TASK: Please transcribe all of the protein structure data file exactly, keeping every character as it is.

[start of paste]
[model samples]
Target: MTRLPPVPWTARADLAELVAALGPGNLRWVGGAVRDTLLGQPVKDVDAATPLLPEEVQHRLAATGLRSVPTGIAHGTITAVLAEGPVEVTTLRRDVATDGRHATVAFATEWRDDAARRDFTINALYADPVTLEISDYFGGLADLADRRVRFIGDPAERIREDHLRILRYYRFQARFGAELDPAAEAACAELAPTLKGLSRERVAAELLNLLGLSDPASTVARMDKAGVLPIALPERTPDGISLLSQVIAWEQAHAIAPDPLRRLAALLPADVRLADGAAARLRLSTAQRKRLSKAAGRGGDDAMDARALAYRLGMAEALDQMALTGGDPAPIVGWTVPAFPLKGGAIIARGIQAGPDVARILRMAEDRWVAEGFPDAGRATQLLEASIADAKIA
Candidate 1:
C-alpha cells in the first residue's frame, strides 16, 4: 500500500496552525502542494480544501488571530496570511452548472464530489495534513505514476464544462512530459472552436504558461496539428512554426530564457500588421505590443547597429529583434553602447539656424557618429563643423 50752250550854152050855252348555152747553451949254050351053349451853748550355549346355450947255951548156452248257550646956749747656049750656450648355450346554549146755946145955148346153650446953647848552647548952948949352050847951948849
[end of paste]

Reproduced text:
[model samples]
Target: MTRLPPVPWTARADLAELVAALGPGNLRWVGGAVRDTLLGQPVKDVDAATPLLPEEVQHRLAATGLRSVPTGIAHGTITAVLAEGPVEVTTLRRDVATDGRHATVAFATEWRDDAARRDFTINALYADPVTLEISDYFGGLADLADRRVRFIGDPAERIREDHLRILRYYRFQARFGAELDPAAEAACAELAPTLKGLSRERVAAELLNLLGLSDPASTVARMDKAGVLPIALPERTPDGISLLSQVIAWEQAHAIAPDPLRRLAALLPADVRLADGAAARLRLSTAQRKRLSKAAGRGGDDAMDARALAYRLGMAEALDQMALTGGDPAPIVGWTVPAFPLKGGAIIARGIQAGPDVARILRMAEDRWVAEGFPDAGRATQLLEASIADAKIA
Candidate 1:
C-alpha cells in the first residue's frame, strides 16, 4: 500500500496552525502542494480544501488571530496570511452548472464530489495534513505514476464544462512530459472552436504558461496539428512554426530564457500588421505590443547597429529583434553602447539656424557618429563643423 50752250550854152050855252348555152747553451949254050351053349451853748550355549346355450947255951548156452248257550646956749747656049750656450648355450346554549146755946145955148346153650446953647848552647548952948949352050847951948849